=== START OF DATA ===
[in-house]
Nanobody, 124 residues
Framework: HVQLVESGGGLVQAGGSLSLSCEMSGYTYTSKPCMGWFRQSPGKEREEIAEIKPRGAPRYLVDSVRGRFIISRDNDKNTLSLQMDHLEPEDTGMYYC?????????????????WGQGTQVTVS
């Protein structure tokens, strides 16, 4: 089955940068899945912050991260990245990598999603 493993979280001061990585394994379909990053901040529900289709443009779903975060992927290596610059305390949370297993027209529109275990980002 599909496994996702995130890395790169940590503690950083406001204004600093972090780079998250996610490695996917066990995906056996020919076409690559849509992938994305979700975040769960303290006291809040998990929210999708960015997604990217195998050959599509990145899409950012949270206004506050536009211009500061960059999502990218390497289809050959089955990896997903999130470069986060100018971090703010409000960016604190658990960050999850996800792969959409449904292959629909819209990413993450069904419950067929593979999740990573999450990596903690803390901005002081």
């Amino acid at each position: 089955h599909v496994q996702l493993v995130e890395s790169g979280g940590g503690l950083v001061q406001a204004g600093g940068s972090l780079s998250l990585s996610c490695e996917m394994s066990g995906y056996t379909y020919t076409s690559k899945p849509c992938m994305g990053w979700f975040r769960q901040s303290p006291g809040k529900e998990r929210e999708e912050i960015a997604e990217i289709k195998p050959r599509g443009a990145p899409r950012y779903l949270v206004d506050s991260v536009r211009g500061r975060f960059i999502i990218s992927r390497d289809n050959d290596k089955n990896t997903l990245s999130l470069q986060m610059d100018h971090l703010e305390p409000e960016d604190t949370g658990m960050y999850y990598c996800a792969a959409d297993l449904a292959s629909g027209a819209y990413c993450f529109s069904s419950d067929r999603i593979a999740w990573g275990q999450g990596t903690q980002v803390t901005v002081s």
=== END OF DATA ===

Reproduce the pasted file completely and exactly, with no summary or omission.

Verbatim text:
[in-house]
Nanobody, 124 residues
Framework: HVQLVESGGGLVQAGGSLSLSCEMSGYTYTSKPCMGWFRQSPGKEREEIAEIKPRGAPRYLVDSVRGRFIISRDNDKNTLSLQMDHLEPEDTGMYYC?????????????????WGQGTQVTVS
């Protein structure tokens, strides 16, 4: 089955940068899945912050991260990245990598999603 493993979280001061990585394994379909990053901040529900289709443009779903975060992927290596610059305390949370297993027209529109275990980002 599909496994996702995130890395790169940590503690950083406001204004600093972090780079998250996610490695996917066990995906056996020919076409690559849509992938994305979700975040769960303290006291809040998990929210999708960015997604990217195998050959599509990145899409950012949270206004506050536009211009500061960059999502990218390497289809050959089955990896997903999130470069986060100018971090703010409000960016604190658990960050999850996800792969959409449904292959629909819209990413993450069904419950067929593979999740990573999450990596903690803390901005002081």
């Amino acid at each position: 089955h599909v496994q996702l493993v995130e890395s790169g979280g940590g503690l950083v001061q406001a204004g600093g940068s972090l780079s998250l990585s996610c490695e996917m394994s066990g995906y056996t379909y020919t076409s690559k899945p849509c992938m994305g990053w979700f975040r769960q901040s303290p006291g809040k529900e998990r929210e999708e912050i960015a997604e990217i289709k195998p050959r599509g443009a990145p899409r950012y779903l949270v206004d506050s991260v536009r211009g500061r975060f960059i999502i990218s992927r390497d289809n050959d290596k089955n990896t997903l990245s999130l470069q986060m610059d100018h971090l703010e305390p409000e960016d604190t949370g658990m960050y999850y990598c996800a792969a959409d297993l449904a292959s629909g027209a819209y990413c993450f529109s069904s419950d067929r999603i593979a999740w990573g275990q999450g990596t903690q980002v803390t901005v002081s």